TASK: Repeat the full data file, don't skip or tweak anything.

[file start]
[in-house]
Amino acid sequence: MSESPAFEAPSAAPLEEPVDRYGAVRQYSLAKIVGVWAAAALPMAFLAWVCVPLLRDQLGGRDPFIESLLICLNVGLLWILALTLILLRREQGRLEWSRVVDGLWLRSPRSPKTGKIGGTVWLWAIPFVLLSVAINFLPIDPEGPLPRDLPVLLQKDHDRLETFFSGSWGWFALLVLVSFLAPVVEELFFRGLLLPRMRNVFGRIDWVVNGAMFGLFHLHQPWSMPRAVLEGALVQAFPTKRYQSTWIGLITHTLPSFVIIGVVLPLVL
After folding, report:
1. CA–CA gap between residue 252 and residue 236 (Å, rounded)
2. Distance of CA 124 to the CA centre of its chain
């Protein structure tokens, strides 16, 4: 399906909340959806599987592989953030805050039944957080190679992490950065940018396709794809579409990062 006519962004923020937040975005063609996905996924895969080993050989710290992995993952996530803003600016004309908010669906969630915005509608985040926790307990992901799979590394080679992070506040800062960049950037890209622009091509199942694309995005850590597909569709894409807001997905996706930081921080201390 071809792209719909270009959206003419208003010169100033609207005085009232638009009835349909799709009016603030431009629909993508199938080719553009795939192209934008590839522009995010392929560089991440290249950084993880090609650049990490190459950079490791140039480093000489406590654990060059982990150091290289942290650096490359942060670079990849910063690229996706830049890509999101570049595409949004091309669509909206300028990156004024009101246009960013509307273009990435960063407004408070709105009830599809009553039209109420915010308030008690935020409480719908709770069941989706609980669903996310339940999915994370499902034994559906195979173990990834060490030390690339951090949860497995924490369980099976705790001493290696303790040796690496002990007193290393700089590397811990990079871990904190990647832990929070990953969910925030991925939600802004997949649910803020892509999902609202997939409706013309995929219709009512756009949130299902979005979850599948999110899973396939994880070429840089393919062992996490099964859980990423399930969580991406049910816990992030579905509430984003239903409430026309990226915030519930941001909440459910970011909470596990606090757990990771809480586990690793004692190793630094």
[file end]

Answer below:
[in-house]
Amino acid sequence: MSESPAFEAPSAAPLEEPVDRYGAVRQYSLAKIVGVWAAAALPMAFLAWVCVPLLRDQLGGRDPFIESLLICLNVGLLWILALTLILLRREQGRLEWSRVVDGLWLRSPRSPKTGKIGGTVWLWAIPFVLLSVAINFLPIDPEGPLPRDLPVLLQKDHDRLETFFSGSWGWFALLVLVSFLAPVVEELFFRGLLLPRMRNVFGRIDWVVNGAMFGLFHLHQPWSMPRAVLEGALVQAFPTKRYQSTWIGLITHTLPSFVIIGVVLPLVL
After folding, report:
1. CA–CA gap between residue 252 and residue 236 (Å, rounded)
2. Distance of CA 124 to the CA centre of its chain
């Protein structure tokens, strides 16, 4: 399906909340959806599987592989953030805050039944957080190679992490950065940018396709794809579409990062 006519962004923020937040975005063609996905996924895969080993050989710290992995993952996530803003600016004309908010669906969630915005509608985040926790307990992901799979590394080679992070506040800062960049950037890209622009091509199942694309995005850590597909569709894409807001997905996706930081921080201390 071809792209719909270009959206003419208003010169100033609207005085009232638009009835349909799709009016603030431009629909993508199938080719553009795939192209934008590839522009995010392929560089991440290249950084993880090609650049990490190459950079490791140039480093000489406590654990060059982990150091290289942290650096490359942060670079990849910063690229996706830049890509999101570049595409949004091309669509909206300028990156004024009101246009960013509307273009990435960063407004408070709105009830599809009553039209109420915010308030008690935020409480719908709770069941989706609980669903996310339940999915994370499902034994559906195979173990990834060490030390690339951090949860497995924490369980099976705790001493290696303790040796690496002990007193290393700089590397811990990079871990904190990647832990929070990953969910925030991925939600802004997949649910803020892509999902609202997939409706013309995929219709009512756009949130299902979005979850599948999110899973396939994880070429840089393919062992996490099964859980990423399930969580991406049910816990992030579905509430984003239903409430026309990226915030519930941001909440459910970011909470596990606090757990990771809480586990690793004692190793630094």